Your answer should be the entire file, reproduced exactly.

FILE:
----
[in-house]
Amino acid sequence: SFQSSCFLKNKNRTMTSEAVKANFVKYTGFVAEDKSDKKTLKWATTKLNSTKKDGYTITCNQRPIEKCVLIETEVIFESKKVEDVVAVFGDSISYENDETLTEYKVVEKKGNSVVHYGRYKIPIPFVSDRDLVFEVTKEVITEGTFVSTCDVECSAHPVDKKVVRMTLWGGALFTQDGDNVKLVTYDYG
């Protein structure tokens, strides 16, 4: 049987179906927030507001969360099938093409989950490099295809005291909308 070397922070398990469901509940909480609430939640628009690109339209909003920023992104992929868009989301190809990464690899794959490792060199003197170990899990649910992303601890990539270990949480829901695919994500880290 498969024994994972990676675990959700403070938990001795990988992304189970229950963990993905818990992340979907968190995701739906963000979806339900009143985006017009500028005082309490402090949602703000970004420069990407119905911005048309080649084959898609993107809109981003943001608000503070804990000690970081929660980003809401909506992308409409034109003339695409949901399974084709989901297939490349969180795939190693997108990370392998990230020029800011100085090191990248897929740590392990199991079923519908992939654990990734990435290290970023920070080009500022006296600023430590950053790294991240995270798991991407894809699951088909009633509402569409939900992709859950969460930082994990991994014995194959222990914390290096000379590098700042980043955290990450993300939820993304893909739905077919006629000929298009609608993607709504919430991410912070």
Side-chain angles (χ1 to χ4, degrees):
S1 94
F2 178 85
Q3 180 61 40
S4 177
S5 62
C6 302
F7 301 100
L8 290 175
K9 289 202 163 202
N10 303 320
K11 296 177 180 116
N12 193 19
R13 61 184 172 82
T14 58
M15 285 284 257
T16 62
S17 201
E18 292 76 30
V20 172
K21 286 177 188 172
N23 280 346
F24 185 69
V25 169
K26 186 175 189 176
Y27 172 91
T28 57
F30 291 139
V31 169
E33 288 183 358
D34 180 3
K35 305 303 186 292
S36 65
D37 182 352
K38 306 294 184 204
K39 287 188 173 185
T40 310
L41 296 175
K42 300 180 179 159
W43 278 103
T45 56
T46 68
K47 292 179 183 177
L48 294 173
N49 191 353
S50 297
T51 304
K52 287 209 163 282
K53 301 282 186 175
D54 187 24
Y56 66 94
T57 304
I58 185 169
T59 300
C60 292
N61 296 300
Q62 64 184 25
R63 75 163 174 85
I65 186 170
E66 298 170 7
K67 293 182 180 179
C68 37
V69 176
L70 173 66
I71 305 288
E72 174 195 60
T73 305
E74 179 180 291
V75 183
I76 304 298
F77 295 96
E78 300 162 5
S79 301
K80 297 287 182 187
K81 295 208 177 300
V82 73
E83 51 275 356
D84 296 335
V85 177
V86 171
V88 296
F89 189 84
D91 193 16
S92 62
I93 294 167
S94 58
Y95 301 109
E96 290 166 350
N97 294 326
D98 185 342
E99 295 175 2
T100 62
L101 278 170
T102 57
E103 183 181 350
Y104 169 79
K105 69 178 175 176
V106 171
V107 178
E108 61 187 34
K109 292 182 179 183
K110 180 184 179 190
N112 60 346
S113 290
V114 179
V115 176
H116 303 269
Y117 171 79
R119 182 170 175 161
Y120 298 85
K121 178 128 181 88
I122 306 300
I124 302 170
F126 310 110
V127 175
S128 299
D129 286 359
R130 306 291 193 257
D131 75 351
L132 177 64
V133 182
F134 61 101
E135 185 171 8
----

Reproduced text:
[in-house]
Amino acid sequence: SFQSSCFLKNKNRTMTSEAVKANFVKYTGFVAEDKSDKKTLKWATTKLNSTKKDGYTITCNQRPIEKCVLIETEVIFESKKVEDVVAVFGDSISYENDETLTEYKVVEKKGNSVVHYGRYKIPIPFVSDRDLVFEVTKEVITEGTFVSTCDVECSAHPVDKKVVRMTLWGGALFTQDGDNVKLVTYDYG
């Protein structure tokens, strides 16, 4: 049987179906927030507001969360099938093409989950490099295809005291909308 070397922070398990469901509940909480609430939640628009690109339209909003920023992104992929868009989301190809990464690899794959490792060199003197170990899990649910992303601890990539270990949480829901695919994500880290 498969024994994972990676675990959700403070938990001795990988992304189970229950963990993905818990992340979907968190995701739906963000979806339900009143985006017009500028005082309490402090949602703000970004420069990407119905911005048309080649084959898609993107809109981003943001608000503070804990000690970081929660980003809401909506992308409409034109003339695409949901399974084709989901297939490349969180795939190693997108990370392998990230020029800011100085090191990248897929740590392990199991079923519908992939654990990734990435290290970023920070080009500022006296600023430590950053790294991240995270798991991407894809699951088909009633509402569409939900992709859950969460930082994990991994014995194959222990914390290096000379590098700042980043955290990450993300939820993304893909739905077919006629000929298009609608993607709504919430991410912070």
Side-chain angles (χ1 to χ4, degrees):
S1 94
F2 178 85
Q3 180 61 40
S4 177
S5 62
C6 302
F7 301 100
L8 290 175
K9 289 202 163 202
N10 303 320
K11 296 177 180 116
N12 193 19
R13 61 184 172 82
T14 58
M15 285 284 257
T16 62
S17 201
E18 292 76 30
V20 172
K21 286 177 188 172
N23 280 346
F24 185 69
V25 169
K26 186 175 189 176
Y27 172 91
T28 57
F30 291 139
V31 169
E33 288 183 358
D34 180 3
K35 305 303 186 292
S36 65
D37 182 352
K38 306 294 184 204
K39 287 188 173 185
T40 310
L41 296 175
K42 300 180 179 159
W43 278 103
T45 56
T46 68
K47 292 179 183 177
L48 294 173
N49 191 353
S50 297
T51 304
K52 287 209 163 282
K53 301 282 186 175
D54 187 24
Y56 66 94
T57 304
I58 185 169
T59 300
C60 292
N61 296 300
Q62 64 184 25
R63 75 163 174 85
I65 186 170
E66 298 170 7
K67 293 182 180 179
C68 37
V69 176
L70 173 66
I71 305 288
E72 174 195 60
T73 305
E74 179 180 291
V75 183
I76 304 298
F77 295 96
E78 300 162 5
S79 301
K80 297 287 182 187
K81 295 208 177 300
V82 73
E83 51 275 356
D84 296 335
V85 177
V86 171
V88 296
F89 189 84
D91 193 16
S92 62
I93 294 167
S94 58
Y95 301 109
E96 290 166 350
N97 294 326
D98 185 342
E99 295 175 2
T100 62
L101 278 170
T102 57
E103 183 181 350
Y104 169 79
K105 69 178 175 176
V106 171
V107 178
E108 61 187 34
K109 292 182 179 183
K110 180 184 179 190
N112 60 346
S113 290
V114 179
V115 176
H116 303 269
Y117 171 79
R119 182 170 175 161
Y120 298 85
K121 178 128 181 88
I122 306 300
I124 302 170
F126 310 110
V127 175
S128 299
D129 286 359
R130 306 291 193 257
D131 75 351
L132 177 64
V133 182
F134 61 101
E135 185 171 8